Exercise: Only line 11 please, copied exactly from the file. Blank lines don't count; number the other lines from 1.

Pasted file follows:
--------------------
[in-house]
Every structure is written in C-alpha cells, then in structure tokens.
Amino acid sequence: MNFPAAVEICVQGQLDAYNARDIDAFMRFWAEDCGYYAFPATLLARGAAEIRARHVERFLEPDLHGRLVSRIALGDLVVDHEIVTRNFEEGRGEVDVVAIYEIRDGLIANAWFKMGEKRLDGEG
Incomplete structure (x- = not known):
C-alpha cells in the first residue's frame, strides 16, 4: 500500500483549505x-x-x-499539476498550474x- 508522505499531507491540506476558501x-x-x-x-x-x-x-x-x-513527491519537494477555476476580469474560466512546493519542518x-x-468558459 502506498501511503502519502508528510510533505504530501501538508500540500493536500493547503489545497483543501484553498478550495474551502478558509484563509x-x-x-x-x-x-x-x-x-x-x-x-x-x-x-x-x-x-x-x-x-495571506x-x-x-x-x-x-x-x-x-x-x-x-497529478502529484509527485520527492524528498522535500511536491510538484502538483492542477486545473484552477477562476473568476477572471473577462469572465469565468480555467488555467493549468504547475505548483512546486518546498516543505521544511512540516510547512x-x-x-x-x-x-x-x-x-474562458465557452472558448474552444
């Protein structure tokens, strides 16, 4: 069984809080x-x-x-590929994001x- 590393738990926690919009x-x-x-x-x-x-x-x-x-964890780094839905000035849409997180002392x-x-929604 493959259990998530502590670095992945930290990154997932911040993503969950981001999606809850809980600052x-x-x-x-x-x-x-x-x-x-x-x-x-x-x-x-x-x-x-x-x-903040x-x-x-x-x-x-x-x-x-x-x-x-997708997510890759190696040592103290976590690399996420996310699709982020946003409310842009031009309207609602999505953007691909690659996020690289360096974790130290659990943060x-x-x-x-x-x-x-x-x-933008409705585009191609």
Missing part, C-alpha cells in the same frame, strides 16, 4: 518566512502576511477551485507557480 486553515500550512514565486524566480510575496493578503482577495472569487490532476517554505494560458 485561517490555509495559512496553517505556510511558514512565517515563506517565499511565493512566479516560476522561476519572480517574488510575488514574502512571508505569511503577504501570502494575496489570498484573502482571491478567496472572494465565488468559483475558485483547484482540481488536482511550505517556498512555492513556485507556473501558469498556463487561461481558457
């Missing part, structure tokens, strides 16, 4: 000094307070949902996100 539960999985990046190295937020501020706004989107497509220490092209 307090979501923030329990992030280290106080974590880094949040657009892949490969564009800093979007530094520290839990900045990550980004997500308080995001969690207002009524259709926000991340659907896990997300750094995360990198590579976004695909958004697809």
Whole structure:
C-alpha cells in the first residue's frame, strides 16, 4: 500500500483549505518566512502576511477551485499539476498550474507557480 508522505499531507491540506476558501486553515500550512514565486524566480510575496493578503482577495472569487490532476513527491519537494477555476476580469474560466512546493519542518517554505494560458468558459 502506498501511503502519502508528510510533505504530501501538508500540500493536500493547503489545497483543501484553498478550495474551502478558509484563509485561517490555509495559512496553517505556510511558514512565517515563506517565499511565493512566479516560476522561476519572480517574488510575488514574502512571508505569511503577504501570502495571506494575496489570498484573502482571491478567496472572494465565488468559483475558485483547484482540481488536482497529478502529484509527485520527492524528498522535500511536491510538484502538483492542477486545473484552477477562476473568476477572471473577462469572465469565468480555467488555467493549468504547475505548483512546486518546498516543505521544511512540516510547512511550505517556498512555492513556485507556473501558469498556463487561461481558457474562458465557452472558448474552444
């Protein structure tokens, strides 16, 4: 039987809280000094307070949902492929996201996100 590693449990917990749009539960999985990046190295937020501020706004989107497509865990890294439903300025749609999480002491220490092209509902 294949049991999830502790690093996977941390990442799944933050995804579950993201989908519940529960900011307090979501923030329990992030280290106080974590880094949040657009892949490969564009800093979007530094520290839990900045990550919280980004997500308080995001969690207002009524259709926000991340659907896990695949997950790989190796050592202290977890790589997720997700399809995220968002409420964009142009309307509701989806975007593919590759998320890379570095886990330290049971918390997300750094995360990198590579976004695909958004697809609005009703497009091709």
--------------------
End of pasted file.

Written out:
């Protein structure tokens, strides 16, 4: 039987809280000094307070949902492929996201996100 590693449990917990749009539960999985990046190295937020501020706004989107497509865990890294439903300025749609999480002491220490092209509902 294949049991999830502790690093996977941390990442799944933050995804579950993201989908519940529960900011307090979501923030329990992030280290106080974590880094949040657009892949490969564009800093979007530094520290839990900045990550919280980004997500308080995001969690207002009524259709926000991340659907896990695949997950790989190796050592202290977890790589997720997700399809995220968002409420964009142009309307509701989806975007593919590759998320890379570095886990330290049971918390997300750094995360990198590579976004695909958004697809609005009703497009091709």